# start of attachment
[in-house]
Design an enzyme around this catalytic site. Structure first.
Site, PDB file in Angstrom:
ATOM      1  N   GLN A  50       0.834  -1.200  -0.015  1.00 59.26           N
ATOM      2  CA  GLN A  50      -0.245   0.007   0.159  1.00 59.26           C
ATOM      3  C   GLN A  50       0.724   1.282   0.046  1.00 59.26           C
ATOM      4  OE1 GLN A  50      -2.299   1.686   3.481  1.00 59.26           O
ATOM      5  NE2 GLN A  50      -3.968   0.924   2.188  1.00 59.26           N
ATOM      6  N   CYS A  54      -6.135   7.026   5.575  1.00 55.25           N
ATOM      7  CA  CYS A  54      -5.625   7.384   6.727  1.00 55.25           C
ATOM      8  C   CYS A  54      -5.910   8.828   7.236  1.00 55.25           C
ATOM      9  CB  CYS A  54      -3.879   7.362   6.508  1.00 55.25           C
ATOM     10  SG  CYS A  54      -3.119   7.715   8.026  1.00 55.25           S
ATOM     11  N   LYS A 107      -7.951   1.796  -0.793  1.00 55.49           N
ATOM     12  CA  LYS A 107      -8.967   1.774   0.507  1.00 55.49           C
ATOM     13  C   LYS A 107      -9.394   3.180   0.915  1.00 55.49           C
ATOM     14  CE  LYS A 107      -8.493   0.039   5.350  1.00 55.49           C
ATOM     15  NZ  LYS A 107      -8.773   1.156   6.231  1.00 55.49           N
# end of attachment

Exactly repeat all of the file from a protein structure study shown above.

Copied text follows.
[in-house]
Design an enzyme around this catalytic site. Structure first.
Site, PDB file in Angstrom:
ATOM      1  N   GLN A  50       0.834  -1.200  -0.015  1.00 59.26           N
ATOM      2  CA  GLN A  50      -0.245   0.007   0.159  1.00 59.26           C
ATOM      3  C   GLN A  50       0.724   1.282   0.046  1.00 59.26           C
ATOM      4  OE1 GLN A  50      -2.299   1.686   3.481  1.00 59.26           O
ATOM      5  NE2 GLN A  50      -3.968   0.924   2.188  1.00 59.26           N
ATOM      6  N   CYS A  54      -6.135   7.026   5.575  1.00 55.25           N
ATOM      7  CA  CYS A  54      -5.625   7.384   6.727  1.00 55.25           C
ATOM      8  C   CYS A  54      -5.910   8.828   7.236  1.00 55.25           C
ATOM      9  CB  CYS A  54      -3.879   7.362   6.508  1.00 55.25           C
ATOM     10  SG  CYS A  54      -3.119   7.715   8.026  1.00 55.25           S
ATOM     11  N   LYS A 107      -7.951   1.796  -0.793  1.00 55.49           N
ATOM     12  CA  LYS A 107      -8.967   1.774   0.507  1.00 55.49           C
ATOM     13  C   LYS A 107      -9.394   3.180   0.915  1.00 55.49           C
ATOM     14  CE  LYS A 107      -8.493   0.039   5.350  1.00 55.49           C
ATOM     15  NZ  LYS A 107      -8.773   1.156   6.231  1.00 55.49           N